But the funniest part of the evening, even though the crayfish were very good, was in the kitchen afterwards when we, the young ones, helped dry the silver. Gottfried, Håkon’s butler, was clearly used to getting some help when the maid (or possibly the cook, I don’t remember) washed the dishes. We didn’t say ‘du’ very generally in Sweden at the time, and anyway Gottfried would never have said ‘du’ to any of us, even today. At the time we used the third person when talking respectfully to people or to anybody we didn’t know. I always used the 3rd person when addressing Tante Gerda and so did Maud and Agneta. (I and my sister Gun did too when addressing our own grandmother, until one day she had enough of it — mormor, mormor, mormor — and told us to say ‘du’.) This evening Gottfried glorified in using Christina’s title as a baroness. He put it into his sentences so often that it got to be laughable. Of course Håkon was rich, very rich, but he was not nobility. So Gottfried was very pleased to be using a nobility title that evening.
That year I had my 30th birthday in February, and it was a near disaster. I was newly divorced and I felt that my life was over. It was basically a year of great depression but still saved because of Birger and his family.
Arne had asked me what I wanted for my birthday and I said I would love Beethoven’s 9th symphony or a ring, since I didn’t wear my wedding band with small sapphires any more. It had been pretty even though they were industrial sapphires. What I got was a worn copy of his own 9th symphony conducted by Toscanini, a wonderful recording. But it was so worn that you heard the scratchy noise throughout it all. They had also bought me a ring that Tante Gerda had contributed to. It was a cheap-looking gold ring with a red stone that looked like colored glass. I never wore it. I broke down in tears and I now definitely thought that my life was over. I couldn’t even depend on Arne and Tante Gerda to give me anything but worthless things. I cried in despair and felt totally unloved.
When I think back on that day, I find it hard to believe how, in spite of my disappointment, in particular the scratchy record and Arne’s thoughtlessness, I could really feel as if my life was over at the age of thirty. It was probably more that I felt completely abandoned.
That evening I was due at the estate of my new family, however. So I dried my tears and tried to fix my face a bit so as to cover over my red eyes. When I arrived there, chauffered by Maud most likely, Håkon also happened to be there for the evening, just by a very lucky coincidence. He had been told that it was my birthday and he had sent for a huge box of chocolates. I had never even seen such a huge-sized box of chocolates, and I felt that it was very thoughtful of Håkon. Birger gave me a nice set of luggage, a very pretty smallish white suitcase and a matching beauty-box, which one used in those days. The fact that they clearly came from one of Håkon’s paper and cardboard factories didn’t make it less precious to me. They served me well for many years.
After dinner was over, we moved into the family living room, where Anna-Brita always made dry martinis before dinner, her specialty and her favorite drink. That’s how I got to like dry martinis – gin, a slight touch of Noilly Prat, and a twist of lemon. I’ve never wanted them any other way. I remember vividly how Håkon entertained me with stories of how he loved skiing in the deep forests. The strong and silent man. This was of course a clear contrast to his wife’s downhill skiing in Switzerland at expensive ski resorts. Anna-Brita said afterwards that he just wanted to impress me and that she was sure he had never done any such skiing. I thought she was a bit unfair. Maybe he had in his Norwegian youth. And besides, I thought it was sweet of him to want to impress me with his Viking virility.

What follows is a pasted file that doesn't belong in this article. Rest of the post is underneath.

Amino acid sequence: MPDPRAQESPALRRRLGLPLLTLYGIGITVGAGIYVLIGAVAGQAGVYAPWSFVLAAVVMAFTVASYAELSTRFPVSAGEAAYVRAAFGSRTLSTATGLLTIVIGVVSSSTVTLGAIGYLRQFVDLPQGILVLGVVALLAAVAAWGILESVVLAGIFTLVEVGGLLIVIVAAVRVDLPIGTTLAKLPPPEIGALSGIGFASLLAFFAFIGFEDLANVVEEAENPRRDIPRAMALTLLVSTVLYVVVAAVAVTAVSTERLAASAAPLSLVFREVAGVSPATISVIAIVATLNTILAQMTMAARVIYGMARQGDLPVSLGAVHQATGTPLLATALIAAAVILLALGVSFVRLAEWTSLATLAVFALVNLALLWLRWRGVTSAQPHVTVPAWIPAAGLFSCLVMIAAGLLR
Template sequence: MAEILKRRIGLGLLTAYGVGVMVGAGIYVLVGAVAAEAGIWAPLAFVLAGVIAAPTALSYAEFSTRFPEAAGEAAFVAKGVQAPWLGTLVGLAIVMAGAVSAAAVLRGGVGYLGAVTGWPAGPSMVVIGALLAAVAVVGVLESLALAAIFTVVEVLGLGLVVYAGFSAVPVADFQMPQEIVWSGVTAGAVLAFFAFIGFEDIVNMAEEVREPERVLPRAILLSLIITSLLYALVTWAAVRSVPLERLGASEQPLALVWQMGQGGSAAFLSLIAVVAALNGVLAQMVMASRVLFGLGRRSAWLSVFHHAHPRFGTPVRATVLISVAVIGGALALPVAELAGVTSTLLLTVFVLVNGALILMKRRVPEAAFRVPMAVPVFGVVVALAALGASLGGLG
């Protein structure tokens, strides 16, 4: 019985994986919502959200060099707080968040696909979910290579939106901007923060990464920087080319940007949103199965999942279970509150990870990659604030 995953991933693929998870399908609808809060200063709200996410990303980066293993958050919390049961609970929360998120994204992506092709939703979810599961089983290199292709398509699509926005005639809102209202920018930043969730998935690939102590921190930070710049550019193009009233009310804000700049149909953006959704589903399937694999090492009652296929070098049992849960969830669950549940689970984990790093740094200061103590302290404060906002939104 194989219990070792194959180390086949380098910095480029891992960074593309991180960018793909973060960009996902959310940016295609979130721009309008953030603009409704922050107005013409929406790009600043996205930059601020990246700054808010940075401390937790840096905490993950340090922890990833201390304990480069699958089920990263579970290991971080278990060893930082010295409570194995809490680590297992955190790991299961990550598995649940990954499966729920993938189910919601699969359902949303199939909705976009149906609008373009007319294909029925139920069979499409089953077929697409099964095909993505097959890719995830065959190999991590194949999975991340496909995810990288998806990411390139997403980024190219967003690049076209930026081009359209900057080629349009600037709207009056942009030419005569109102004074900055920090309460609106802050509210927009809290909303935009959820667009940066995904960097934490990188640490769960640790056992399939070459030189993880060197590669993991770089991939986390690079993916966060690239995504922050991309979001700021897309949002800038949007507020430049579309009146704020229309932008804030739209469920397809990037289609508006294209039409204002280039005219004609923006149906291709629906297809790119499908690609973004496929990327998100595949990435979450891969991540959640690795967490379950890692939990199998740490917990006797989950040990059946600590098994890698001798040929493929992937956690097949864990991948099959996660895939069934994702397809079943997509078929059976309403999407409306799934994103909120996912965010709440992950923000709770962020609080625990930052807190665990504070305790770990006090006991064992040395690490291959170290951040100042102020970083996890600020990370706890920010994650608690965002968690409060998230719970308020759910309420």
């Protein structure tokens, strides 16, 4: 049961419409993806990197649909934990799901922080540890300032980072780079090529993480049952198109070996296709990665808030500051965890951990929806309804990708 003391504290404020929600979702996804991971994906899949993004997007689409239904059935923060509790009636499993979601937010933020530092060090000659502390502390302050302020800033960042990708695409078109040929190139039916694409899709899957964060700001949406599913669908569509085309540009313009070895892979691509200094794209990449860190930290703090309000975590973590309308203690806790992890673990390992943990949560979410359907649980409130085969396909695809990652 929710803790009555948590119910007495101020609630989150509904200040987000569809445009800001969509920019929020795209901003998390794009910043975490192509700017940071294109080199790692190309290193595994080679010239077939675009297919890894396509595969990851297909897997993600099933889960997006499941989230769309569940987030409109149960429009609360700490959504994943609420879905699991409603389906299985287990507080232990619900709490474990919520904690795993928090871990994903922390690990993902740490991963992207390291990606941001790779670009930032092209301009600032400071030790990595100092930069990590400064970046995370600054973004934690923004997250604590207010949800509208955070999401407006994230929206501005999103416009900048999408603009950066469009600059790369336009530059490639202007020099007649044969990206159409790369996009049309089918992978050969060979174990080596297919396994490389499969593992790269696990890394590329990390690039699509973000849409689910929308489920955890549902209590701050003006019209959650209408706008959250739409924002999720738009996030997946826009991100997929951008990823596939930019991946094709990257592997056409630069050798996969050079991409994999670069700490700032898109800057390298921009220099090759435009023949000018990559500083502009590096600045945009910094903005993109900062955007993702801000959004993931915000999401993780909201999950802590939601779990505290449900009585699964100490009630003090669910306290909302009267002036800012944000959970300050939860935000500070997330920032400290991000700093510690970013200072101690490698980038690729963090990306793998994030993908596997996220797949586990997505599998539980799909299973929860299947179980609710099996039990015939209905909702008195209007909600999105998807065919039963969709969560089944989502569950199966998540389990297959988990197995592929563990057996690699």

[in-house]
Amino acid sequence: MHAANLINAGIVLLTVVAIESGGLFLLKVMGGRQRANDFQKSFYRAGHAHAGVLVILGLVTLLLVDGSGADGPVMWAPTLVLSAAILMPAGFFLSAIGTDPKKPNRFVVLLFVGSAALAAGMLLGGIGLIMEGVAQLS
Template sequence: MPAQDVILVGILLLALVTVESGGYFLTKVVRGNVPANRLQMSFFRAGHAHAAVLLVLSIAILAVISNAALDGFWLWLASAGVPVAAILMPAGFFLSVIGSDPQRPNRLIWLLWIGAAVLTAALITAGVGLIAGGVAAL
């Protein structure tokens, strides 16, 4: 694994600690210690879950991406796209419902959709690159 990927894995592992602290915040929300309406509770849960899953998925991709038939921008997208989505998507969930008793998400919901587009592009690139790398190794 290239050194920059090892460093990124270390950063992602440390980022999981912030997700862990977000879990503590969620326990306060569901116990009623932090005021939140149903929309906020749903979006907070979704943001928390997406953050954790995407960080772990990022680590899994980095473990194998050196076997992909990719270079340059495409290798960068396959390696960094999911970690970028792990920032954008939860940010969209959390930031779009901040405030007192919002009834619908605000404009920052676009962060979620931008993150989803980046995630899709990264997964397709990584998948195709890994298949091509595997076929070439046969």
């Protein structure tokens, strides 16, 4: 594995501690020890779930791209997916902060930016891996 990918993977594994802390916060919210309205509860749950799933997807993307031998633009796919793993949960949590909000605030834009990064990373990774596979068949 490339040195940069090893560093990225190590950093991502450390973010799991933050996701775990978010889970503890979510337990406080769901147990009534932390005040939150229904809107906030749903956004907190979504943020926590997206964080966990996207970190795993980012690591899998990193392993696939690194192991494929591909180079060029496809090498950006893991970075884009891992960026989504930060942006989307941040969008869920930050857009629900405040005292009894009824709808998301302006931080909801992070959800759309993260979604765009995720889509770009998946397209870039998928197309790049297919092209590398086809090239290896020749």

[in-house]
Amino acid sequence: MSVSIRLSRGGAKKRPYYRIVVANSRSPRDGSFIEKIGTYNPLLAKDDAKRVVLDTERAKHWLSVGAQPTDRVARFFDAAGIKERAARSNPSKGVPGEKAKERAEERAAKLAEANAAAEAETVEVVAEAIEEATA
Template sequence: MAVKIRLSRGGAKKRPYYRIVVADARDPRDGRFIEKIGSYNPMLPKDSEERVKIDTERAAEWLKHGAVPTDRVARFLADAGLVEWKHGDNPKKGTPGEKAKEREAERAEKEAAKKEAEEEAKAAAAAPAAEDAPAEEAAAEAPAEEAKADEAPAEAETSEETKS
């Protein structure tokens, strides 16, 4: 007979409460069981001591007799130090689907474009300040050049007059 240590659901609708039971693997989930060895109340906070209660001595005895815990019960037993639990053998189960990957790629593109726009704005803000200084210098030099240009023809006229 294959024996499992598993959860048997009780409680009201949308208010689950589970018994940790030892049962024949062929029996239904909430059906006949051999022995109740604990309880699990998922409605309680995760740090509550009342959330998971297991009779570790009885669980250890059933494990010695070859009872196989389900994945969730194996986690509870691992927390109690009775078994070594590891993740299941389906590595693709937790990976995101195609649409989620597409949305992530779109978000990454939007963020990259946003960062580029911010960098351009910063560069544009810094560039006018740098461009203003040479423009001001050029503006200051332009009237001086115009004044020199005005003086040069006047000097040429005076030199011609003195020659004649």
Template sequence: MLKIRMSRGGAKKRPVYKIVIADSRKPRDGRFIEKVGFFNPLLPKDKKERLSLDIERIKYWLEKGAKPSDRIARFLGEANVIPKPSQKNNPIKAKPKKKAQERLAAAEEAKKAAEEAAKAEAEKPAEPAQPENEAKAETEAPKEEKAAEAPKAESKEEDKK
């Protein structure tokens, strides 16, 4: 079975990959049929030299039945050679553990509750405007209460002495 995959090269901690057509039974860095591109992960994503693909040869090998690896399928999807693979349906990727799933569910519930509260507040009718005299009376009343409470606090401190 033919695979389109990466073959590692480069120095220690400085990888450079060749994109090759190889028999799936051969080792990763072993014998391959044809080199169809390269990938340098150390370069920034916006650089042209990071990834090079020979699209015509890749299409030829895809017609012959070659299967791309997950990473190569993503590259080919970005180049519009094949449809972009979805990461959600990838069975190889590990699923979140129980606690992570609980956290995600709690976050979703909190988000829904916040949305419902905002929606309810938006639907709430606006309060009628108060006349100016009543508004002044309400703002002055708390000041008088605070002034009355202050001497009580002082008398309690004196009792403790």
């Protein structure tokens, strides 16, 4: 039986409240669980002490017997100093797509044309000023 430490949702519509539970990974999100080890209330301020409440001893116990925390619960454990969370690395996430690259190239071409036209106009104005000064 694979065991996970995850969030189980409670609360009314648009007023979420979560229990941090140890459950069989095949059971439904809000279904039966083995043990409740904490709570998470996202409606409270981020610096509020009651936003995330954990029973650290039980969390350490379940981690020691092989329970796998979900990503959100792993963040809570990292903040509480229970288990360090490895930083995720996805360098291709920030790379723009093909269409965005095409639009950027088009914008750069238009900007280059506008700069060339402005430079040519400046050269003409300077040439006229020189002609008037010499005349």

My birthday had been saved by the evening with my wonderful new family. I had always felt very close to them all, ever since my early youth, but that year they definitely got to be my family.
Formal Swedish dinners — of yesteryear, I hope
When Birger and Anna-Brita had their big formal dinners in the huge dining room with the very high windows and the gorgeous chandeliers, they rented waiters, and a cook of course, at least one, and it was amusing to an innocent young woman like me to see how you had barely touched your wineglass when a waiter was next to you filling it up. There must never be an empty glass. In Sweden, as in many other countries, it is customary to serve soup before the main course, lobster soup being the most fashionable kind. I particularly remember one such dinner when, after the soup, there was veal cordon bleu for the main course. The rest of the menu I don’t remember. There were roughly twenty guests at the table and the formal Swedish tradition is that the hostess has to toast every guest. She has to pretend that she is taking a sip from her wine glass every time she says ‘skål’ to a guest. She also has to be the last one to finish eating. It is, however, a bit of a mystery to me how she can remember which ones she has already toasted.
I remember that I was only toasted at the very end since I was the youngest one there, and Birger also forgot to have pity on me. One other young woman was the wife of the young disponent, the assistant of the owner of the paper factory Lilla Edet, the owner being his father. This paper factory has since the 19th century produced all the paper towels and toilet paper and more to all Swedish households. Young Haeger was my bordskavalier and of course he saw to it that I wouldn’t go wineless through the dinner. If this had been today, I think I would have ignored the silly protocol, running the risk that people were going to think I didn’t know any better. Ladies are, according to the old-fashioned Swedish tradition, not supposed to lift your wineglass unless someone says Skål to you, always an older person to a younger one. But – within a couple of minutes you must return the toast. Just never toast the hostess, which would be a major faux pas. These stuffy old customs are certainly abandoned today. I hope.